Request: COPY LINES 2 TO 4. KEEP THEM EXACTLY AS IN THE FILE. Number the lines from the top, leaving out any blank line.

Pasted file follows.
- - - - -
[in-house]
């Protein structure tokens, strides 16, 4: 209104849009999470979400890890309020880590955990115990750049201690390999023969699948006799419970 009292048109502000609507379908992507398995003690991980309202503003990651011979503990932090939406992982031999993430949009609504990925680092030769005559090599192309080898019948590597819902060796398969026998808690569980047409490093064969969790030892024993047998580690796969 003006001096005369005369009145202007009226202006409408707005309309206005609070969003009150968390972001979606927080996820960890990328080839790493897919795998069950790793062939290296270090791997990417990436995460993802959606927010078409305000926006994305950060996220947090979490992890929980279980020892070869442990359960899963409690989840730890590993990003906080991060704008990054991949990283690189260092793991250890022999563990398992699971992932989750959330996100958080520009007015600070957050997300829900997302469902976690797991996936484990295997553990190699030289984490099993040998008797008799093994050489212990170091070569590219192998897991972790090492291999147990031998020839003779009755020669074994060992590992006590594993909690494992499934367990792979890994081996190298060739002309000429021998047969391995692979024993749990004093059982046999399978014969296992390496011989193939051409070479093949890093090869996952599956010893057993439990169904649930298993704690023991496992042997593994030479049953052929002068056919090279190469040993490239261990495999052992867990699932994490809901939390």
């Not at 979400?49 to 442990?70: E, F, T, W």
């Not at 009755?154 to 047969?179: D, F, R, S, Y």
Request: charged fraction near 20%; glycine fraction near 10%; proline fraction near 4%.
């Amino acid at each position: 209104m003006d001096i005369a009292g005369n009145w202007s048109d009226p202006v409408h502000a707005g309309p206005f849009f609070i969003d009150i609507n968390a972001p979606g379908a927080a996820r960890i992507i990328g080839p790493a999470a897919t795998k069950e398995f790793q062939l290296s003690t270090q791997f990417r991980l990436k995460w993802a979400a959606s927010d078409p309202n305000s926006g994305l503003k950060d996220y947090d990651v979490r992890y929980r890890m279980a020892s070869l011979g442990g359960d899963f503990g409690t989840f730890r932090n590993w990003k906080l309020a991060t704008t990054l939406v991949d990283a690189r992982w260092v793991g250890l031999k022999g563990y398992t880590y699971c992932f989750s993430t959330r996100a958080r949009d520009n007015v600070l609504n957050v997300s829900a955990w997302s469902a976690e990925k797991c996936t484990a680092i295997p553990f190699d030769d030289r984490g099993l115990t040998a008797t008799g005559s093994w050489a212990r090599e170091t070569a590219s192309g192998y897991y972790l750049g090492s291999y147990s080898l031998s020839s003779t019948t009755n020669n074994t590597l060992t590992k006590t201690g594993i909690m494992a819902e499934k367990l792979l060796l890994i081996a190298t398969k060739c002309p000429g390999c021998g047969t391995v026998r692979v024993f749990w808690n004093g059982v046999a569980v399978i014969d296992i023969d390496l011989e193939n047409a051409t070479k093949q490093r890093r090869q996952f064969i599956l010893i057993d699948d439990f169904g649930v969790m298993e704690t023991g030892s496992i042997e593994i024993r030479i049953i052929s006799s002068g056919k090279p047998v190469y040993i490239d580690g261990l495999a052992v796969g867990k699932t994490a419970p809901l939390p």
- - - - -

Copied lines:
């Protein structure tokens, strides 16, 4: 209104849009999470979400890890309020880590955990115990750049201690390999023969699948006799419970 009292048109502000609507379908992507398995003690991980309202503003990651011979503990932090939406992982031999993430949009609504990925680092030769005559090599192309080898019948590597819902060796398969026998808690569980047409490093064969969790030892024993047998580690796969 003006001096005369005369009145202007009226202006409408707005309309206005609070969003009150968390972001979606927080996820960890990328080839790493897919795998069950790793062939290296270090791997990417990436995460993802959606927010078409305000926006994305950060996220947090979490992890929980279980020892070869442990359960899963409690989840730890590993990003906080991060704008990054991949990283690189260092793991250890022999563990398992699971992932989750959330996100958080520009007015600070957050997300829900997302469902976690797991996936484990295997553990190699030289984490099993040998008797008799093994050489212990170091070569590219192998897991972790090492291999147990031998020839003779009755020669074994060992590992006590594993909690494992499934367990792979890994081996190298060739002309000429021998047969391995692979024993749990004093059982046999399978014969296992390496011989193939051409070479093949890093090869996952599956010893057993439990169904649930298993704690023991496992042997593994030479049953052929002068056919090279190469040993490239261990495999052992867990699932994490809901939390």
């Not at 979400?49 to 442990?70: E, F, T, W």
């Not at 009755?154 to 047969?179: D, F, R, S, Y």